Nepali Times
Self-portrait of Sikles

PhD theses are usually dry and academic, but Sara Parker, a geography lecturer at Liverpool John Moores University, has built on her dissertation to get the entire village of Sikles in the Annapurnas involved in a photography project.

Parker first came to the scenic Kaski village in 1992 to teach English, and researched the Annapurna Conservation Area Project (ACAP). She knew well the founder of ACAP, Chandra Gurung who was also a native of Sikles. In 2009, she started working on a photo documentation project, under which she distributed cameras to the men and women of Sikles to take pictures of their everyday lives.

A selection of some of the 5,000 images they took was exhibited in Sikles itself earlier this month, and the book, Our Village Our Life: Sikles in Focus, will be released in Kathmandu on Friday.

The book is unique because the pictures in it capture the sense of community of the stunningly beautiful Gurung villages that are going through tremendous transformation. This is not a coffee table book by some famous western photographer, these are images of Nepalis as they see themselves.

"There was very little training. We wanted the villagers to tell their own stories and started with teaching them just the basics but when the first pictures came out, we were amazed," Parker told Nepali Times, "in between the extreme portrayals of Nepal, their images have beautifully captured the reality of village life."

The project aims to involve the villagers in documenting their culture, rituals and traditions in pictures and to use them for the promotion of Sikles as a tourist destination.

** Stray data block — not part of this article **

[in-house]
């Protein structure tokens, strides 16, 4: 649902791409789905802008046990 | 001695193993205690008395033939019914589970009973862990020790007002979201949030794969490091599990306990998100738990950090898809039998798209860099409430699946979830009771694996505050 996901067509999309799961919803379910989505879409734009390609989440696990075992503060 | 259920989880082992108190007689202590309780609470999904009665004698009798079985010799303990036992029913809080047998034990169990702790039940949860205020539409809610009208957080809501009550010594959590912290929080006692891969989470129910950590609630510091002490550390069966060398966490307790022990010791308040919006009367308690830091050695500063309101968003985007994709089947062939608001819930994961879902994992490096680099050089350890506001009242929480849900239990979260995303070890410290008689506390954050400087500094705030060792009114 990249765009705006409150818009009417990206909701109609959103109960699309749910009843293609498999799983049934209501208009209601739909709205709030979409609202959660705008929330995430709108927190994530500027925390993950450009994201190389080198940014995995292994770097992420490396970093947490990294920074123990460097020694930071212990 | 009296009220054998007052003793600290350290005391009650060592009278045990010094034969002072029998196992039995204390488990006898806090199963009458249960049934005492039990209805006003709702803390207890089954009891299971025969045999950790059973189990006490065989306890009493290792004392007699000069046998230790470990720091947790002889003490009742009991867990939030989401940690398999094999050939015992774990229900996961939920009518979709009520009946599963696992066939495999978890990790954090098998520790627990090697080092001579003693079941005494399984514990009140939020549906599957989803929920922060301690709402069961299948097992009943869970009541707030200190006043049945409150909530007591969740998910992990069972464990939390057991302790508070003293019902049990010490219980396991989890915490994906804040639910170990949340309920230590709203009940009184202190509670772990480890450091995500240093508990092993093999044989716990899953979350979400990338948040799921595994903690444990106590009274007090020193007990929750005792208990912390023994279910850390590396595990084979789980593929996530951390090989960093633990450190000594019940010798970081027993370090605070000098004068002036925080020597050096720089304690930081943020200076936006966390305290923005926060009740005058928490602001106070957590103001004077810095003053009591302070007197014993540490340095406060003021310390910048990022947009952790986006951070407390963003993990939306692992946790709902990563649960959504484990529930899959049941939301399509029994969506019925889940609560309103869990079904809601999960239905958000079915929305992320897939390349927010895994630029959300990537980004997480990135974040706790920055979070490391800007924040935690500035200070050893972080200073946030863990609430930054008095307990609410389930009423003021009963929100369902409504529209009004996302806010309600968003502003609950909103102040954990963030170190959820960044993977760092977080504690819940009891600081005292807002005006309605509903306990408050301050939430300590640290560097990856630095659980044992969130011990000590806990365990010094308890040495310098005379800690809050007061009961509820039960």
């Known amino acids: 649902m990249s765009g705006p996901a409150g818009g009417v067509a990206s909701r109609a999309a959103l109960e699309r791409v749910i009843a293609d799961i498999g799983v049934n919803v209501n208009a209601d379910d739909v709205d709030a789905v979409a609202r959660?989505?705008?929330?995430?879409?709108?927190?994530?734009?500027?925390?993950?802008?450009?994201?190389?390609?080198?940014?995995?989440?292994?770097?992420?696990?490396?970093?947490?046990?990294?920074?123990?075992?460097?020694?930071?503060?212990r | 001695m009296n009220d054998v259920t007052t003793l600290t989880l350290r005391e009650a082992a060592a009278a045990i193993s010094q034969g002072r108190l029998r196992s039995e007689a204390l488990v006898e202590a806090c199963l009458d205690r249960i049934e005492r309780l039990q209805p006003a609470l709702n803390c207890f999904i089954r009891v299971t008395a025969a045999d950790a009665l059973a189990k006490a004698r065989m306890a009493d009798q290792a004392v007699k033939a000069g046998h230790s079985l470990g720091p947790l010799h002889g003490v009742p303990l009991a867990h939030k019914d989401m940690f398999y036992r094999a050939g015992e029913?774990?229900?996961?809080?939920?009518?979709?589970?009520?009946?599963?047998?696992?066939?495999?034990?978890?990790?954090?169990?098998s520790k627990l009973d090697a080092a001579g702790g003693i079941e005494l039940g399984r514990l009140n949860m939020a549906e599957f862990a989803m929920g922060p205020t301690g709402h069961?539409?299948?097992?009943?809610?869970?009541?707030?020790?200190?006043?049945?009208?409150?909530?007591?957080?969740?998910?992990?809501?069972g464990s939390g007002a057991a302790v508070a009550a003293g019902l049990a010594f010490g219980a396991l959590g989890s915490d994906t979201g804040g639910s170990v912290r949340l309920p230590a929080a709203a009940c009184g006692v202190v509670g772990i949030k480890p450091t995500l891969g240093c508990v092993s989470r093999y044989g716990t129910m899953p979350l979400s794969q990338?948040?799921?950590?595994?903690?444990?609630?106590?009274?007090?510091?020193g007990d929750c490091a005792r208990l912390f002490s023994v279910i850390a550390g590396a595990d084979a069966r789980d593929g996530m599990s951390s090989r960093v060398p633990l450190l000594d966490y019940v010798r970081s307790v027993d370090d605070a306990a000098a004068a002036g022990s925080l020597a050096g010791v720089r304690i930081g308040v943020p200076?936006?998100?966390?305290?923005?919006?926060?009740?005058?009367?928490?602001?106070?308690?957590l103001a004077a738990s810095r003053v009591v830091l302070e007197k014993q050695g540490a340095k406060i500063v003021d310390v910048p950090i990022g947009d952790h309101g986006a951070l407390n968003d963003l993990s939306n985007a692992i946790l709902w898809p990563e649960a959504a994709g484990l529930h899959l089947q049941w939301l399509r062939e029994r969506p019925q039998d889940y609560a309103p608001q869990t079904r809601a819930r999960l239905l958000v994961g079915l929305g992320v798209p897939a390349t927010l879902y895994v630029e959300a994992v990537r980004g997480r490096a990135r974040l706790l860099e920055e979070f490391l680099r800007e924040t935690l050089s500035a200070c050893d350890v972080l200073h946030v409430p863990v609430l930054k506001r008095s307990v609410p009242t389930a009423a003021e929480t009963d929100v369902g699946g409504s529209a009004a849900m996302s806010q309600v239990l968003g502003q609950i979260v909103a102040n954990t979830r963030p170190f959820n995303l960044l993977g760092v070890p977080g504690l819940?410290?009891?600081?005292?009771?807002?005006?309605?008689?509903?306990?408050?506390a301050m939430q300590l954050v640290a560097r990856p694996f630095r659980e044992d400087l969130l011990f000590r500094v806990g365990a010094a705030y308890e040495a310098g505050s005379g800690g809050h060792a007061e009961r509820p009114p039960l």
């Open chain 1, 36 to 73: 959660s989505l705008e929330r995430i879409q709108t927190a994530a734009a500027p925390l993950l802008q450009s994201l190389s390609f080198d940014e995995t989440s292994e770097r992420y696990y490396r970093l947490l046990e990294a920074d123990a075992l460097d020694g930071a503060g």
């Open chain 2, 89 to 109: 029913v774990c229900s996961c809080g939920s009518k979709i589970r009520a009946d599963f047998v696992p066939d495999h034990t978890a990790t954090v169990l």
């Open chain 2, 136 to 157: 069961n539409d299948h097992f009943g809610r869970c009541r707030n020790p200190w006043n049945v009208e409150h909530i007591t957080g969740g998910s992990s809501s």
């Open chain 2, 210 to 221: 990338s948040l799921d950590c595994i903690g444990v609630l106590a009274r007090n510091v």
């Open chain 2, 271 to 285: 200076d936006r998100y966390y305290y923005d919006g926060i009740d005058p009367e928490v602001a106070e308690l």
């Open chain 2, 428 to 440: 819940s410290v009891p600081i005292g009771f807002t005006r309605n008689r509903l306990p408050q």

Sara poses with the participants of the photography training in Sikles
Parker got local organisations like the Madhi Khola Women's Organsation, the Sikles Youth Group and the Annapurna High School involved in the project. Using donated digital cameras, 15 villagers took pictures over a two-year period of festivals, rituals, farming, herding, honey-harvesting and other everyday activities.

Proceeds from the sale of the books, the national and international exhibitions, will go to support schools in Sikles, the local youth club and the healthcare and other activities of the ACAP. It will also help the Chandra Gurung Foundation, named after ACAP's architect who died in the tragic helicopter accident in Ghunsa in 2008.

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One school at a time, RUBEENA MAHATO

1. suk bahadur gurung
it is good news,

2. SP Panth
This is nice but I guess Nepali Times is focusing TOO much on photography. In this edition alone, Nepali Times features two articles about photography alone (one this and the other one about a guy in Toronto.) Not one issue goes without an article on a photography exhibition. Some articles on photography exhibitions may be too boring for the layman so I suggest Nepali Times to come up with engaging and interesting articles that would cater to the majority. Nepali Times is getting a bit boring these days. Revive your charm!

(11 JAN 2013 - 17 JAN 2013)